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John Waelti: Travels continue - Legends, lore and Lake Lucerne
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After visiting the Abbey at Einsiedeln on our first day in Switzerland we arrived at our hotel in Lucerne, Switzerland's third largest city. We had been a bit hung over with jet lag, but now, our second day, we were awake, more or less, anyway.

It was a cloudy morning in Lucerne as we visited the famous "Loewendenkmal," the Dying Lion of Lucerne. This is a statue designed by Danish sculpturist Bertel Thorvaldsen and hewn in 1820-21 by Lukas Ahorn. The lion, impaled by a spear, dying in agony, was praised by American writer Mark Twain as "the most mournful and moving piece of stone in the world."

From the early 17th Century, a regiment of Swiss mercenaries had served in the Royal Household of France. During the French Revolution, nearly 900 Swiss guards defended the palace and King Louis the 16th and his family.

In 1792, the 10th of August insurrection, revolutionaries stormed the palace. The Swiss guards were overwhelmed by superior numbers. More than 600 Swiss guards were killed in the fighting. Another 100-plus died in prison of their wounds. Only about 100 escaped.

The dying lion lies on a shield bearing the fleur-de-lis of the French monarchy; beside him is another shield bearing the coat of arms of Switzerland. A Latin inscription on the monument, Helvetiorum Fidei ac Virtuti, translates as "To the loyalty and courage of the Swiss."

In his book, "A Tramp Abroad," Mark Twain further observes of the statue, "Around about are green trees and grass. The place is a sheltered, reposeful woodland nook, remote from noise and stir and confusion - and all this is fitting, for lions do die in such places ... The Lion of Lucerne would be impressive anywhere, but nowhere so impressive as where he is."

Our next destination if Mt. Pilatus. From Kreins, near Lucerne, we take a newly-opened aerial cable car to the top, with spectacular views of the wooded hills, grazing lands, and chalets dotting the landscape far below. At the summit, in the Hotel Pilatus-Kuhn, we enjoy lunch, including a traditional Swiss dish, alpler macaroni.

Mt. Pilatus has a dramatic lore of its own. We owe this largely to students who journeyed through that region in ancient times, perpetuating the myth of the restless ghost of Pontius Pilate.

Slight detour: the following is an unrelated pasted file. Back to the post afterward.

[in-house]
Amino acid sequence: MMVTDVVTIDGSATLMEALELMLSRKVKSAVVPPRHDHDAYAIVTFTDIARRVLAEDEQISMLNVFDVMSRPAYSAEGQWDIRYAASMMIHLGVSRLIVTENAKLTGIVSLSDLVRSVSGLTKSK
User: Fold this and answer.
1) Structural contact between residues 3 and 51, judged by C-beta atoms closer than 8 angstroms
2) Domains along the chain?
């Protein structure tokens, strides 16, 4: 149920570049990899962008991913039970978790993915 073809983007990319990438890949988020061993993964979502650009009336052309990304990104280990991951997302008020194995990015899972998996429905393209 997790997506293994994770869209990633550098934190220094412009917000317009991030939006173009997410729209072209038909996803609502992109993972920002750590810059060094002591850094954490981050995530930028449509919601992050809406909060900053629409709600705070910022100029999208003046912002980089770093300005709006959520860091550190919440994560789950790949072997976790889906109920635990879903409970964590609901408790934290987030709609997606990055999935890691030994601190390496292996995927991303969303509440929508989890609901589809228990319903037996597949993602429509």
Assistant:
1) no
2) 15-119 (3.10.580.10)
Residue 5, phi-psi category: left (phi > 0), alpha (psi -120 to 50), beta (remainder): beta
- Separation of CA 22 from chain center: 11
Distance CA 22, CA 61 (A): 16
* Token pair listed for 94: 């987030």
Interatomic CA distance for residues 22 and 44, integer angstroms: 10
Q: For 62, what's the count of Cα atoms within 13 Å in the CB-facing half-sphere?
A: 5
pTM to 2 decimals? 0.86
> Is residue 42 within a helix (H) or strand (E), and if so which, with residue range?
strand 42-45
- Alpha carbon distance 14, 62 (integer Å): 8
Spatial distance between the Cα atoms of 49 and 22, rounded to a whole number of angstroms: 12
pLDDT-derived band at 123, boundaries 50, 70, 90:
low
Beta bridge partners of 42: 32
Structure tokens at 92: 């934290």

Soon after the death of Roman Governor Pilate, the myth spreads that he had met a disreputable end. This belief was reinforced by lack of a specific gravesite and conflicting reports of his death.

The mythical chain goes something like this: Tiberius Caesar had Pilate thrown in chains for condemning Jesus Christ to death. Pilate committed suicide and his body was thrown into the Tiber. The river rebelled with great floods. The body was pulled out and dumped into the Rhone River. The body of the damned again caused great trouble. The body was then placed in a small lake, Oberalp, in the vicinity of Mt. Pilatus, its final resting place. Terrible storms in the area were blamed on Lake Oberalp, the final resting place of the body of the damned.

In 1585 Lucerne's priest, accompanied by townspeople, climbed Mt. Pilatus to challenge the ghost. They threw stones in the lake and churned up the water. As the ghost did not react, it seemed the spell was broken. To make sure the ghost was tamed, the lake was drained in 1594. It wasn't until 1980 that the gap used to drain the lake was repaired. All observers seem to agree that the ghost of Pilate now rests in peace.

After lunch, we hike around the trails carved in the side of Mt. Pilatus. There are sheer rock walls on one side, and drop-offs of thousands of feet on the other side of the rail along the trail. The view is diminished by clouds most of the time. But during the occasional breaks in the clouds, the views of the countryside far below are spectacular.

We didn't see any ghosts, but we did see some alphorn players entertaining the many tourists in the hotel and viewing areas. Asian and Middle Eastern tourists seemed particularly impressed with those alphorn players. Sure, they were competent enough, but our own Green County alphorn players could show those boys a thing or two about alphorn artistry. Not to sound blasé, but alphorn music is "routine stuff" to those on our tour group who hear that music frequently during our many celebrations and festivals in Monroe and New Glarus.

Our trip down from the Mount was by the Pilatusbahn PB, the Pilatus railway, the steepest rack-and-pinion railway in the world. It has a maximum gradient of 48 percent and an average gradient of 35 percent. An initial proposal was planned for a longer route with an average gradient of 25 percent but it was considered economically infeasible.

A Swiss engineer, Eduard Locher, proposed an alternative with the maximum 48-percent grade, cutting the length of the route in half. He invented a system that overcame the technical problems of such a steep gradient. The line was opened in 1889, powered by steam, and electrified in 1937. The Pilatus railway was named a Historic Mechanical Engineering Landmark by the American Society of Mechanical Engineers in 2001.

We reach Alpnachstad on the shores of Lake Lucerne and board a paddle boat to ride to the city. My brother, Louie, had accompanied me on this tour. His kids, Brian and Doug, had arrived independently to visit friends in Zurich. So nephews Brian and Doug join us on the boat. The four of us don't get together all that often. But here we are, with the tour group, enjoying a beer on a boat on Lake Lucerne, the cool lake breezes diminishing the vestiges of jet lag.

Life can be weird sometimes.

Next week: Brunnen, Altdorf, and the heart of Switzerland.

- John Waelti of Monroe can be reached at His column appears Fridays in The Monroe Times.